The Stars Group must wait for a competition investigation before merging with Sky

From Full Ahead To All Stop On Stars Group Takeover Of Sky, As UK Puts On Brakes

stars group takeover stopped

News Update: The Stars Group have released the following statement on the CMA action:

“UK CMA review is common in such acquisitions, particularly within a sector where there has been previous consolidation. We proactively took steps to put into place processes and safeguards to comply with CMA guidelines and any potential Initial Enforcement Order that the CMA might issue. The Stars Group submitted its pre-notification filing with the CMA prior to closing and will continue to work closely with the CMA to comply with the IEO, including operating The Stars Group and Sky Betting & Gaming businesses separately until CMA approval is obtained.”

The Stars Group announced that it had completed the deal to buy Sky Betting and Gaming (SBG) a few days ago, and all seemed rosy in the garden.

Suddenly, the UK’s Competition and Markets Authority (CMA) has called a complete halt to any further action to merge the two companies.

The CMA has issued an “initial enforcement order” which is the first step in launching an investigation into the Stars Group’s acquisition of SBG.

What Stars Group and Sky have to do

The order sets out draconian restrictions on relations between Stars and SBG

The order commands that the two companies halt any and all activity that might progress the merger of the two companies. They may not take any action without the prior consent of the CMA which might:

“(a) lead to the integration of the Sky Betting & Gaming group business with the Stars business;

(b) transfer the ownership or control of the Stars business or the Sky Betting & Gaming group business or any of their subsidiaries; or

(c) otherwise impair the ability of the Sky Betting & Gaming group business or the Stars business to compete independently in any of the markets affected by the transaction.”

Furthermore, among other restrictions, the two companies are to:

  • Ensure that the two business remain separate with separate sales and branding
  • Not make any substantive changes to their respective management teams or organizational structure
  • Not sell or dispose of any assets
  • Not integrate any technology
  • Maintain completely separate customer and supplier lists
  • Maintain key staff and not transfer any staff between the businesses

Finally, and particularly onerous when both sides are itching to get working together, the CMA orders that:

“no business secrets, know-how, commercially-sensitive information, intellectual property or any other information of a confidential or proprietary nature relating to either of the two businesses shall pass, directly or indirectly, from the Sky Betting & Gaming group business (or any of its employees, directors, agents or affiliates) to the Stars business (or any of its employees, directors, agents or affiliates), or vice versa.”

Is there really a threat to the merger of Stars and SBG?

The CMA has a considerable amount of statutory power under UK law. It can halt the merger entirely, or propose that approval will be given only if certain assets are divested.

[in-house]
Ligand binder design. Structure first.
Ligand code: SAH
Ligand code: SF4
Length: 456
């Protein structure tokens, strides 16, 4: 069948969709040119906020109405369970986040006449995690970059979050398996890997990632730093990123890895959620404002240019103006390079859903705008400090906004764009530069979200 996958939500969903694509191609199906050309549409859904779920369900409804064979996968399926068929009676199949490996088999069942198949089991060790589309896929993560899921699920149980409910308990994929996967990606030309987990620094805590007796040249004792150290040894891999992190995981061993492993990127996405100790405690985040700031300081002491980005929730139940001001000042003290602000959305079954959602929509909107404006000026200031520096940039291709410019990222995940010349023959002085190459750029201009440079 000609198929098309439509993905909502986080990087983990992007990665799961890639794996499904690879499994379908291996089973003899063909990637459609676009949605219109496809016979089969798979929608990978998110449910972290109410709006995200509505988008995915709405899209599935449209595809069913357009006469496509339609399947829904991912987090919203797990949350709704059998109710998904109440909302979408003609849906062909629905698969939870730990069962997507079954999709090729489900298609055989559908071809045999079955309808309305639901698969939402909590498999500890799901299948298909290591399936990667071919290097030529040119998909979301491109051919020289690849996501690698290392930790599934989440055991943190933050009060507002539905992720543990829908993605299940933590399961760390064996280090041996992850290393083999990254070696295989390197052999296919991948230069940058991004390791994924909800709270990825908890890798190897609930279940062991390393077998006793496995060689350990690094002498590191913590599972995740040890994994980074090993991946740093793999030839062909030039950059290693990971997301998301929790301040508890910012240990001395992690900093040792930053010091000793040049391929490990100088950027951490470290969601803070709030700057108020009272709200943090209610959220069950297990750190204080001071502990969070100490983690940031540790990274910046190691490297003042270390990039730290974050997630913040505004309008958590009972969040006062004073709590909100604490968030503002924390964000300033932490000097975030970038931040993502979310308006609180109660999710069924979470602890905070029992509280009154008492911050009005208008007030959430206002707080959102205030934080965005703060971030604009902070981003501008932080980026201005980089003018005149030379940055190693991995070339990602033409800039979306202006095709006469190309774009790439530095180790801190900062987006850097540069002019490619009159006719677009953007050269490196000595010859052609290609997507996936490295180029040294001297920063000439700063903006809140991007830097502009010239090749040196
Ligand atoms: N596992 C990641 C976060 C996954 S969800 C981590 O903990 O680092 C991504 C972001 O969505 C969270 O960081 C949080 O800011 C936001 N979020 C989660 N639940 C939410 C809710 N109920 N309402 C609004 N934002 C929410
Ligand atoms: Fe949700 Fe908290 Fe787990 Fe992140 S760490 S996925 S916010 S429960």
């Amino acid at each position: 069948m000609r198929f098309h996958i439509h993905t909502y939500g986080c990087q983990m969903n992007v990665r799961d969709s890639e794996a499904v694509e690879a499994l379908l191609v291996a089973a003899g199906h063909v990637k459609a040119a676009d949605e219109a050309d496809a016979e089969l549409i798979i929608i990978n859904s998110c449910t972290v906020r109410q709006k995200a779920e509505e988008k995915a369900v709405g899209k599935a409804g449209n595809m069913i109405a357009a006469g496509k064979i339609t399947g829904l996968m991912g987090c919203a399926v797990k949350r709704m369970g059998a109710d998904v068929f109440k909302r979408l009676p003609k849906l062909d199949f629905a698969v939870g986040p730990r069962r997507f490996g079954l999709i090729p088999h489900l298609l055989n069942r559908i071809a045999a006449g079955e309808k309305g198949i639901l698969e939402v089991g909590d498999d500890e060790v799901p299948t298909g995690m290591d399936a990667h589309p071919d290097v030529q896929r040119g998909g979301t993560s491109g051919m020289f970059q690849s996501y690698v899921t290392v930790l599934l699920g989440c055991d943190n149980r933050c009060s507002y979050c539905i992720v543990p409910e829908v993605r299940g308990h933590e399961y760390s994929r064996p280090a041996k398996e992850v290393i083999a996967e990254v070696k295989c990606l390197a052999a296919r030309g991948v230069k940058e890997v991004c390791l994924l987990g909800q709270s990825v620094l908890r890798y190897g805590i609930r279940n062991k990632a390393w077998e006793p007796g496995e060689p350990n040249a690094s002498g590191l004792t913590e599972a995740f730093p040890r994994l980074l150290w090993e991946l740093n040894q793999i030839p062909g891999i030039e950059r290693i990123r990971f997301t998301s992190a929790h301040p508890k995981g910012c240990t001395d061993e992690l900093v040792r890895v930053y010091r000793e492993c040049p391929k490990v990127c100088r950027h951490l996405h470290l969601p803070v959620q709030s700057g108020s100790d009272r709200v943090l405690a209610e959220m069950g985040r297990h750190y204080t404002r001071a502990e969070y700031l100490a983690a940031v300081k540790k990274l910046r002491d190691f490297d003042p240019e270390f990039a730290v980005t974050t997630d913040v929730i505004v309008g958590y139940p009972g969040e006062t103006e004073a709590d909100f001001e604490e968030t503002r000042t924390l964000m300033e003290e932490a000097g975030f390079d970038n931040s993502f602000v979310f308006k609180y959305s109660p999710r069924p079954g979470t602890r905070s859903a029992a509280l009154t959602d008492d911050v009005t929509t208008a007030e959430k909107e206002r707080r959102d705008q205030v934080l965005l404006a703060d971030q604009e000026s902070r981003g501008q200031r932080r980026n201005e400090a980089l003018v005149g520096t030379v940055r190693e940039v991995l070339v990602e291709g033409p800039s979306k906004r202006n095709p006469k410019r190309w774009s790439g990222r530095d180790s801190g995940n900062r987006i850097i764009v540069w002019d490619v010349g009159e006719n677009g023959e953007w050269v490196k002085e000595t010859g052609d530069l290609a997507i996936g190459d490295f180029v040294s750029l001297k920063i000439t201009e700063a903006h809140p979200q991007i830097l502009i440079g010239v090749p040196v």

In this case, it seems certain that the CMA is concerned about the possibility of “abuse of market power.” While the CMA can act unilaterally, it is more likely that another operator or organization has filed a formal complaint.

The abuse of market power occurs when a dominant company in the market uses its power to restrict competition or raise barriers to entry to prevent other companies from competing with it.

In this case, the concern will be that adding SBG’s online poker customer base to the PokerStars player base will lead to an uncompetitive market.

Both Stars and SBG have online casino and sportsbook products, but their combined market share would not give rise to categorizing the merged group as dominant.

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Where Stars Group is now

On the face of it, the merger of PokerStars and SkyPoker will make a minimal difference to Stars’ current dominant market position.

Latest figures from PokerScout (via Poker Industry Pro) indicate that PokerStars has a seven day moving average of 7,786 occupied seats at its cash game tables, whereas SkyPoker has just 230.

Adding the SkyPoker player pool to that of PokerStars increases the Stars Group’s player base by only three percent.

PokerStars has approximately 63 percent of the global online cash game poker market, but its share of the UK market may be slightly higher, and certainly its share of the online poker tournament market is higher.

The CMA may be concerned about the Stars Group’s share of the UK market, and whether the group has used its dominance to restrict competition, but it is hard to see how the acquisition of SBG would change anything.

Bottom line: Investors shouldn’t worry overly that the CMA action will derail the takeover. It looks more like a precautionary investigation than one which will uncover substantive reasons to deny permission for the merger to go ahead.

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Joss Wood
- A former editor of Poker Industry Pro, Joss Wood is a graduate in English from the University of Birmingham. Joss also holds a master’s degree in Organisational Development from the University of Manchester. His career path has taken him from the British Army, through business and finance to seven years as a successful professional poker player.